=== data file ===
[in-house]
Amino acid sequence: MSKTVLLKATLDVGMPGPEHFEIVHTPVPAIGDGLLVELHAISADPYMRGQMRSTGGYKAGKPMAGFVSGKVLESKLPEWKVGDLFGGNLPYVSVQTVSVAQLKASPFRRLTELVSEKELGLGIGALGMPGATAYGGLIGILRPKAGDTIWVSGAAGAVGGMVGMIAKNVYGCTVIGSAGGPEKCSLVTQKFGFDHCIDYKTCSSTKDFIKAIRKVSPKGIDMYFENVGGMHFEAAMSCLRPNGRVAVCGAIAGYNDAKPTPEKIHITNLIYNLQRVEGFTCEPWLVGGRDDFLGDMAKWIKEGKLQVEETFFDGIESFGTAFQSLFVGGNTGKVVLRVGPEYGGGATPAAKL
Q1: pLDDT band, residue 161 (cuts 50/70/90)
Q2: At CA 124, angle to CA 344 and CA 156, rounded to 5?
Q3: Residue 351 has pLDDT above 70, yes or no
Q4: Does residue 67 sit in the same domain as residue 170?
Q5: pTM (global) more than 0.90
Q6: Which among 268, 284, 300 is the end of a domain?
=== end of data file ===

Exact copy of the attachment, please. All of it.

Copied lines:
[in-house]
Amino acid sequence: MSKTVLLKATLDVGMPGPEHFEIVHTPVPAIGDGLLVELHAISADPYMRGQMRSTGGYKAGKPMAGFVSGKVLESKLPEWKVGDLFGGNLPYVSVQTVSVAQLKASPFRRLTELVSEKELGLGIGALGMPGATAYGGLIGILRPKAGDTIWVSGAAGAVGGMVGMIAKNVYGCTVIGSAGGPEKCSLVTQKFGFDHCIDYKTCSSTKDFIKAIRKVSPKGIDMYFENVGGMHFEAAMSCLRPNGRVAVCGAIAGYNDAKPTPEKIHITNLIYNLQRVEGFTCEPWLVGGRDDFLGDMAKWIKEGKLQVEETFFDGIESFGTAFQSLFVGGNTGKVVLRVGPEYGGGATPAAKL
Q1: pLDDT band, residue 161 (cuts 50/70/90)
Q2: At CA 124, angle to CA 344 and CA 156, rounded to 5?
Q3: Residue 351 has pLDDT above 70, yes or no
Q4: Does residue 67 sit in the same domain as residue 170?
Q5: pTM (global) more than 0.90
Q6: Which among 268, 284, 300 is the end of a domain?